Hanna, E. B., Lathia, V. N., Ali, M., & Deschamps, E. H. (2015). New or presumably new left bundle branch block in patients with suspected acute coronary syndrome: Clinical, echocardiographic, and electrocardiographic features from a single-center registry. Journal of Electrocardiology, 48(4), 505–511. https://doi.org/10.1016/j.jelectrocard.2015.04.011

Neeland, I. J., Kontos, M. C., & De Lemos, J. A. (2012). Evolving considerations in the management of patients with left bundle branch block and suspected myocardial infarction. Journal of the American College of Cardiology. https://doi.org/10.1016/j.jacc.2012.02.054

O’Gara, P. T., Kushner, F. G., Ascheim, D. D., Casey, D. E., Chung, M. K., De Lemos, J. A., … Zhao, D. X. (2013). 2013 ACCF/AHA guideline for the management of st-elevation myocardial infarction: A report of the American college of cardiology foundation/american heart association task force on practice guidelines. Journal of the American College of Cardiology. https://doi.org/10.1016/j.jacc.2012.11.019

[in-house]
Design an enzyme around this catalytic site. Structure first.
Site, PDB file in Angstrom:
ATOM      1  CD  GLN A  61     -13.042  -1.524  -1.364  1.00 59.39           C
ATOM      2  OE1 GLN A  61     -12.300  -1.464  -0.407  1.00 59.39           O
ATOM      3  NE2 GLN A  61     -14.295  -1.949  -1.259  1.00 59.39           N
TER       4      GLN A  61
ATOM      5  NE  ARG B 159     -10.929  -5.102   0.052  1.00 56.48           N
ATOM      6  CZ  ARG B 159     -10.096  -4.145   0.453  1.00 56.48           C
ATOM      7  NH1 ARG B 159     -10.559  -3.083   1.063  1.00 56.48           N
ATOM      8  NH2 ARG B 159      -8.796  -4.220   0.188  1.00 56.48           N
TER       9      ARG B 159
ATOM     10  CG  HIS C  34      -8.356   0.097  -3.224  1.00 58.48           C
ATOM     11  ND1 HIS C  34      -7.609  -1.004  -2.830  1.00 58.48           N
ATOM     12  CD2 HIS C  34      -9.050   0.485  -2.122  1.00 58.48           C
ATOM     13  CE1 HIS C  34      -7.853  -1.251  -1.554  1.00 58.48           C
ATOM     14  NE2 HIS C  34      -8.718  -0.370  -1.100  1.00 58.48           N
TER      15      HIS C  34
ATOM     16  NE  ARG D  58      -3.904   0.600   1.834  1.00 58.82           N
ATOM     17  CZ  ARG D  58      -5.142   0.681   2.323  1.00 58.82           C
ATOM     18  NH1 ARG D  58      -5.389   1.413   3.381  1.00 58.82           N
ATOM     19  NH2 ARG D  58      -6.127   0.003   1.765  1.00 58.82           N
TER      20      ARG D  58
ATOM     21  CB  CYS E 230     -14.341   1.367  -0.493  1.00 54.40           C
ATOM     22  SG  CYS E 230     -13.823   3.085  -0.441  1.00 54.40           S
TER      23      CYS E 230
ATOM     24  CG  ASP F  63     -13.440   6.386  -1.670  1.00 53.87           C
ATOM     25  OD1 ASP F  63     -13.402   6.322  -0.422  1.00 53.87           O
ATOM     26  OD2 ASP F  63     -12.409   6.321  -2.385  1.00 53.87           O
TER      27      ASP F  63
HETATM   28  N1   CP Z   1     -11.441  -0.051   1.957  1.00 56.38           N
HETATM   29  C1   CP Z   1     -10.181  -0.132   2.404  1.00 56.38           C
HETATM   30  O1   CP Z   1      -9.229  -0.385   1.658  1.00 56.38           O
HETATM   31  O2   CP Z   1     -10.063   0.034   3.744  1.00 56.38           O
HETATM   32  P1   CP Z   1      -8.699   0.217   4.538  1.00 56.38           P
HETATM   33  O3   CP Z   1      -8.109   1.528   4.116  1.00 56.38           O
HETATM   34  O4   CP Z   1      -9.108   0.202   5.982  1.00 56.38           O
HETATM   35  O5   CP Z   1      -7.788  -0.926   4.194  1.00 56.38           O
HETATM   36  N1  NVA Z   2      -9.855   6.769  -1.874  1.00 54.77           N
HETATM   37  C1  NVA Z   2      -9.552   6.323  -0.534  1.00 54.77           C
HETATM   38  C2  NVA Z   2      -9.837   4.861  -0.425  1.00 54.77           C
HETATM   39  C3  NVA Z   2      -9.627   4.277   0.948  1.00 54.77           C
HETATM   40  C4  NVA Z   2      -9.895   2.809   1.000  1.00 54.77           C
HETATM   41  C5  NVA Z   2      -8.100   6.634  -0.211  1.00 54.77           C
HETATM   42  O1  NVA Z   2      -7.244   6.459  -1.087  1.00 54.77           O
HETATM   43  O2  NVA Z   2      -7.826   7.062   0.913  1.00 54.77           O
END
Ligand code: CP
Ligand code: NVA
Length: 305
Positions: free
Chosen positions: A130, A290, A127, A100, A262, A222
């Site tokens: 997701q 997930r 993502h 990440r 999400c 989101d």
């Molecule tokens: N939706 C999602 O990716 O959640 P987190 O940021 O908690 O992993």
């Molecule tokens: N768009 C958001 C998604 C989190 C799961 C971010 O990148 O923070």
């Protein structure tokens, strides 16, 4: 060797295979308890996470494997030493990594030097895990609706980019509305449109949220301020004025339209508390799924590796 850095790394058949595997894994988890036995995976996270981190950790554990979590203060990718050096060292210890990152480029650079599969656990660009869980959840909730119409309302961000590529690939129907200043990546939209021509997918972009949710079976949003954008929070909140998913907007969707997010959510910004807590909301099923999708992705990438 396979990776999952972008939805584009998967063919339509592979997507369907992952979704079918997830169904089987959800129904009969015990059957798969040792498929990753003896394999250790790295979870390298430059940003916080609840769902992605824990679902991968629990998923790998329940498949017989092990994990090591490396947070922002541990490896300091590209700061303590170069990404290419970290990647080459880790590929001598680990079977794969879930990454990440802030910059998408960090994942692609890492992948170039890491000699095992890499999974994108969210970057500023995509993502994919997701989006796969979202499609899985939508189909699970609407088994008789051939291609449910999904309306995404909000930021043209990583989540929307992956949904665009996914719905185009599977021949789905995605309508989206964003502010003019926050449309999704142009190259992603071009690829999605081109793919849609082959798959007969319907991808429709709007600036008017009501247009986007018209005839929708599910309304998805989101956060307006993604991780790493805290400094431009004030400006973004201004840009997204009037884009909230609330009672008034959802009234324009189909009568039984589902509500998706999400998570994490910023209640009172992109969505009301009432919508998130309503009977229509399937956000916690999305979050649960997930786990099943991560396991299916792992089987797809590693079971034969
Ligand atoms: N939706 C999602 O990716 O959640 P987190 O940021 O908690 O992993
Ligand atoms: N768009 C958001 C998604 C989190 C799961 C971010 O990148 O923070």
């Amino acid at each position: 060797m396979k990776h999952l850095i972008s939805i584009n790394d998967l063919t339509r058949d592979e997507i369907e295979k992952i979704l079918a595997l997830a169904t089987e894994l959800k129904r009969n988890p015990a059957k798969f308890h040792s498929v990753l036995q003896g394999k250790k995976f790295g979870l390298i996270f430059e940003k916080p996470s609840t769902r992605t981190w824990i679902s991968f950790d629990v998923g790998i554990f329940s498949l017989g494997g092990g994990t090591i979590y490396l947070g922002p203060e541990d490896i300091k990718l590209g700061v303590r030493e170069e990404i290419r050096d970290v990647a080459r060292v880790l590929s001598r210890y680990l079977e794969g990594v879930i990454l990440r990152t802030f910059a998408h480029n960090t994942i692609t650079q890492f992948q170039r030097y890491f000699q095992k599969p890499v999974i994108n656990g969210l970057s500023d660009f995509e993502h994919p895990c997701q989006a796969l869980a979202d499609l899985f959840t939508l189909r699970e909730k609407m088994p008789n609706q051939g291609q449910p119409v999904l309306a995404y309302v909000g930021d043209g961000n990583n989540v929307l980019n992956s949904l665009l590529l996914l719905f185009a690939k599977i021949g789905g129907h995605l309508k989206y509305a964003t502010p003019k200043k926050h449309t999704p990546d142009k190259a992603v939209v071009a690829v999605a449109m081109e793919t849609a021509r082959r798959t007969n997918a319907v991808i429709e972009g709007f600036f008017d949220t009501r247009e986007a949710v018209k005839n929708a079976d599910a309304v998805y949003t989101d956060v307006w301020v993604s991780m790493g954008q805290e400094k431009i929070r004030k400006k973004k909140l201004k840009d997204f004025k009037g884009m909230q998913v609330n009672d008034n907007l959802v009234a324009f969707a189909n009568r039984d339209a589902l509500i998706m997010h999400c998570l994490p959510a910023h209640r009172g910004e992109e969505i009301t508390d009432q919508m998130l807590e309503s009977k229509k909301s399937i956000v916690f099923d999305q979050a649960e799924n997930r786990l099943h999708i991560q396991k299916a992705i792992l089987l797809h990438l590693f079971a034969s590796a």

Sefa, N., & Sawyer, K. N. (2016). Smith-Modified Sgarbossa Criteria and Paced Rhythms: A Case Report. Journal of Emergency Medicine, 51(5), 584–588. https://doi.org/10.1016/j.jemermed.2016.06.055

Sgarbossa, E. B., Pinski, S. L., Barbagelata, a, Underwood, D. a, Gates, K. B., Topol, E. J., … Wagner, G. S. (1996). Electrocardiographic diagnosis of evolving acute myocardial infarction in the presence of left bundle-branch block. GUSTO-1 (Global Utilization of Streptokinase and Tissue Plasminogen Activator for Occluded Coronary Arteries) Investigators. The New England Journal of Medicine, 334(8), 481–487. https://doi.org/10.1056/NEJM199602223340801